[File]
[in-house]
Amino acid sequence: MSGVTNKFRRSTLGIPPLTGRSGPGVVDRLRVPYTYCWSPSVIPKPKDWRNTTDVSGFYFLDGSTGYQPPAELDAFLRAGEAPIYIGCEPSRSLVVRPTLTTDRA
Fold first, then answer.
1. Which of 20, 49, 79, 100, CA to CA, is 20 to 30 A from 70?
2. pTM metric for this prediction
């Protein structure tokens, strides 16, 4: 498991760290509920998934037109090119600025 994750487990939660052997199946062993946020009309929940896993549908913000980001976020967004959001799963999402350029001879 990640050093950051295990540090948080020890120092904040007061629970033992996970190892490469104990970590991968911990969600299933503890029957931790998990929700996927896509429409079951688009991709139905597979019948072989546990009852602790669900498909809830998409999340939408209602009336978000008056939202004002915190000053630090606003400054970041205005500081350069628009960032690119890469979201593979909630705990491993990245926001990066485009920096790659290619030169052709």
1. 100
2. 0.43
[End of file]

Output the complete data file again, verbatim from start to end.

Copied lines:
[in-house]
Amino acid sequence: MSGVTNKFRRSTLGIPPLTGRSGPGVVDRLRVPYTYCWSPSVIPKPKDWRNTTDVSGFYFLDGSTGYQPPAELDAFLRAGEAPIYIGCEPSRSLVVRPTLTTDRA
Fold first, then answer.
1. Which of 20, 49, 79, 100, CA to CA, is 20 to 30 A from 70?
2. pTM metric for this prediction
């Protein structure tokens, strides 16, 4: 498991760290509920998934037109090119600025 994750487990939660052997199946062993946020009309929940896993549908913000980001976020967004959001799963999402350029001879 990640050093950051295990540090948080020890120092904040007061629970033992996970190892490469104990970590991968911990969600299933503890029957931790998990929700996927896509429409079951688009991709139905597979019948072989546990009852602790669900498909809830998409999340939408209602009336978000008056939202004002915190000053630090606003400054970041205005500081350069628009960032690119890469979201593979909630705990491993990245926001990066485009920096790659290619030169052709």
1. 100
2. 0.43